Transformative learning is best facilitated within a culture of thinking (Ritchhart, Church, Morrison 2011; Tishman, Jay, and Perkins 1993). This is a culture that values, nurtures, and rewards a love of learning and a willingness to inquire and think in active and creative ways. In this type of supportive environment, learning is the natural and expected outcome; it is the rule, not the exception.
A further requirement of transformative education is the presence of trusting and mutually respectful relationships. At its best, education is deeply personal: it affects a student’s basic beliefs, desires, and inclinations. However, impacting students at this level requires that they possess a certain degree of openness and vulnerability, which in turn requires that they feel cared for and respected by, and that they also trust and respect, their teachers and other advisors.
Students will not be inspired to grow, to expand their minds, or to push their limits unless they can clearly see and feel the value of doing so. Such growth also requires guidance and ￼11 ￼mentoring.
For these conditions to be met, students must be exposed to good intellectual role models who are willing to serve as mentors in their intellectual development. By having personal access to these “exemplars” of intellectual virtue, students will see the value of the relevant traits and feel inspired to exemplify them in their own thinking and learning; and with the mentoring they receive from these exemplars, they will receive the required guidance and support.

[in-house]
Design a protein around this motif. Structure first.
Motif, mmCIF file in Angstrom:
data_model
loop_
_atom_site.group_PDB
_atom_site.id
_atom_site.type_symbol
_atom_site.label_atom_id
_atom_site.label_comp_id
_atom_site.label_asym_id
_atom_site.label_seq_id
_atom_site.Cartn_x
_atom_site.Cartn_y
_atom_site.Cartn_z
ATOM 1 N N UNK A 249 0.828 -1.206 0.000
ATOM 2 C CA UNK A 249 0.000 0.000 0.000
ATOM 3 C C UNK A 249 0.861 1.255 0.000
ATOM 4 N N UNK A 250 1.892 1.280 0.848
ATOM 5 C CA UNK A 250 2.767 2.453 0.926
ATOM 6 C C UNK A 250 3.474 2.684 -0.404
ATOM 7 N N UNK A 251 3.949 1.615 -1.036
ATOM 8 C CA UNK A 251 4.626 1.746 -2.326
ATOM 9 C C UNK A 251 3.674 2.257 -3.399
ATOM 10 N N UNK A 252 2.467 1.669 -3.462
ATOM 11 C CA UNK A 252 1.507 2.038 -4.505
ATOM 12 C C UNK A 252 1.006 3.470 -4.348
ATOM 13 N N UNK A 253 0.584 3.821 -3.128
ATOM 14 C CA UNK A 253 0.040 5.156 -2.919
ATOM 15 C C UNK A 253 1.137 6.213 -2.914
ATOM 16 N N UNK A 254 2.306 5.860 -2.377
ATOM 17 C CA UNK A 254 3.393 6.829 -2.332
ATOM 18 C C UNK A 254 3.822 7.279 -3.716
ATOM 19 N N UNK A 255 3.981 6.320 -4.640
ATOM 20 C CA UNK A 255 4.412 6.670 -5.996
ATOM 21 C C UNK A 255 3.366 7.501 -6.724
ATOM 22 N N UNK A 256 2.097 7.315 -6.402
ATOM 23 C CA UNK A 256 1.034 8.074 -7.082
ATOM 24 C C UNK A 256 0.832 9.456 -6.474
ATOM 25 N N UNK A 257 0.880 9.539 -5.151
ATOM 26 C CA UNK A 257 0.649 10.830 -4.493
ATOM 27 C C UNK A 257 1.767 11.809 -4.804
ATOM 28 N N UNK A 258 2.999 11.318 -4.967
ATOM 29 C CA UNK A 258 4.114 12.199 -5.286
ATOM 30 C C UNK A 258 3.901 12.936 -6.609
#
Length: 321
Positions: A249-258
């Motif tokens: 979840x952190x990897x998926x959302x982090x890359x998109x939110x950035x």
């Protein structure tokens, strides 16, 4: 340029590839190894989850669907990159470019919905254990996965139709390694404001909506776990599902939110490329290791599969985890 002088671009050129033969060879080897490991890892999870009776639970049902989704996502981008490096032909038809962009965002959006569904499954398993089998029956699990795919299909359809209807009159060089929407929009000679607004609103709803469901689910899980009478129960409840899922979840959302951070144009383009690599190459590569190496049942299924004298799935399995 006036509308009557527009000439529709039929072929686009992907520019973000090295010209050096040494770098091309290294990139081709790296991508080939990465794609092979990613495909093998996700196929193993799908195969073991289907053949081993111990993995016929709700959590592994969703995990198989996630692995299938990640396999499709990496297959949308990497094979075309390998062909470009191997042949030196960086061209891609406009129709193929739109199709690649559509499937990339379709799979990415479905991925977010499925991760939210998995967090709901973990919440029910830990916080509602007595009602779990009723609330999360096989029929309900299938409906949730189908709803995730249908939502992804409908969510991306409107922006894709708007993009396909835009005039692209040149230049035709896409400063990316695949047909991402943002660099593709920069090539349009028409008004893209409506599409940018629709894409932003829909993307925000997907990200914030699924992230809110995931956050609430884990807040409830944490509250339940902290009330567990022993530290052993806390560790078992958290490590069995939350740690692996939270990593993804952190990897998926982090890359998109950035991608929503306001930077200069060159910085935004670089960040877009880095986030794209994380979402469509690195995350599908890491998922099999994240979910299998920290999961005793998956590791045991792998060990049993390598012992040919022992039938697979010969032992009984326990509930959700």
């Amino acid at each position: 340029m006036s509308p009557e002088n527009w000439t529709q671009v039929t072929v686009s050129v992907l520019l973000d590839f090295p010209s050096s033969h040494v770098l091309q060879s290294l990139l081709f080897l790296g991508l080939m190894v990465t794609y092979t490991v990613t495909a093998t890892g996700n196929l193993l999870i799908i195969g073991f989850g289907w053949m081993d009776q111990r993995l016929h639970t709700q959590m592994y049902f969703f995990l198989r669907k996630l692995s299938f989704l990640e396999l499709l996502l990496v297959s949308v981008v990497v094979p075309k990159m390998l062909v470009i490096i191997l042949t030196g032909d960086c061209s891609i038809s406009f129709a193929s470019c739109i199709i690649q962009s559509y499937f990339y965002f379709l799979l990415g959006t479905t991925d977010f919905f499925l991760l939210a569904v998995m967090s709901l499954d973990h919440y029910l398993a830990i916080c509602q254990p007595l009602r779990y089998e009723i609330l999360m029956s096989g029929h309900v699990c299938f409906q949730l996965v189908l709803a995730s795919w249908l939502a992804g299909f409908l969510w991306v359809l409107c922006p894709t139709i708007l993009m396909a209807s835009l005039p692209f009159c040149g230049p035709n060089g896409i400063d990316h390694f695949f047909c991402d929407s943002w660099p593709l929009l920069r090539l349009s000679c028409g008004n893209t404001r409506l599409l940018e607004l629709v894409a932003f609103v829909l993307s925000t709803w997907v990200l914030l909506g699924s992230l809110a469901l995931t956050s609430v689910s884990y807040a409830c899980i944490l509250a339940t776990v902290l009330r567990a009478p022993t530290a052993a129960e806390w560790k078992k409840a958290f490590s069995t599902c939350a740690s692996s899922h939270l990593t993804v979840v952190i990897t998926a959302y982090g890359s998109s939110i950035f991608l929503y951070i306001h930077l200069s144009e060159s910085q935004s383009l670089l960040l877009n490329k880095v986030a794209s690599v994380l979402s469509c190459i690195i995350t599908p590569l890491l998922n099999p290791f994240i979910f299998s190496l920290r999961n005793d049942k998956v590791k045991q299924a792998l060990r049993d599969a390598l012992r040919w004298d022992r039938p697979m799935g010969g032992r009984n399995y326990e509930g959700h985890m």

While learning best occurs in a context that is in many ways student-centered, this does not negate the importance of high objective standards. On the contrary, if intellectual character formation is a central educational goal, high standards are imperative, for intellectual virtues themselves “aim high,” that is, they aim a deep understanding and thoughtful application of important knowledge. However, high standards will promote student learning only if students receive the kind of guidance and support necessary for achieving those standards. This requires considerable effort and forethought on the part of teachers. It requires that they differentiate instruction and use other techniques to meet the educational needs of all students, especially of those who face special challenges (e.g., ELLs and students with special needs). As this suggests, learning best occurs in an educational environment marked by high standards and a commensurate level of student support.
Finally, education is most transformative in contexts where curiosity and creativity are permitted to flourish—indeed where they are actively encouraged and fostered. These intellectual virtues are crucial to the nurturing and sustaining of a genuine love of learning. They also promote intellectual autonomy and open-mindedness, which in turn give rise to a host of other virtues of the mind.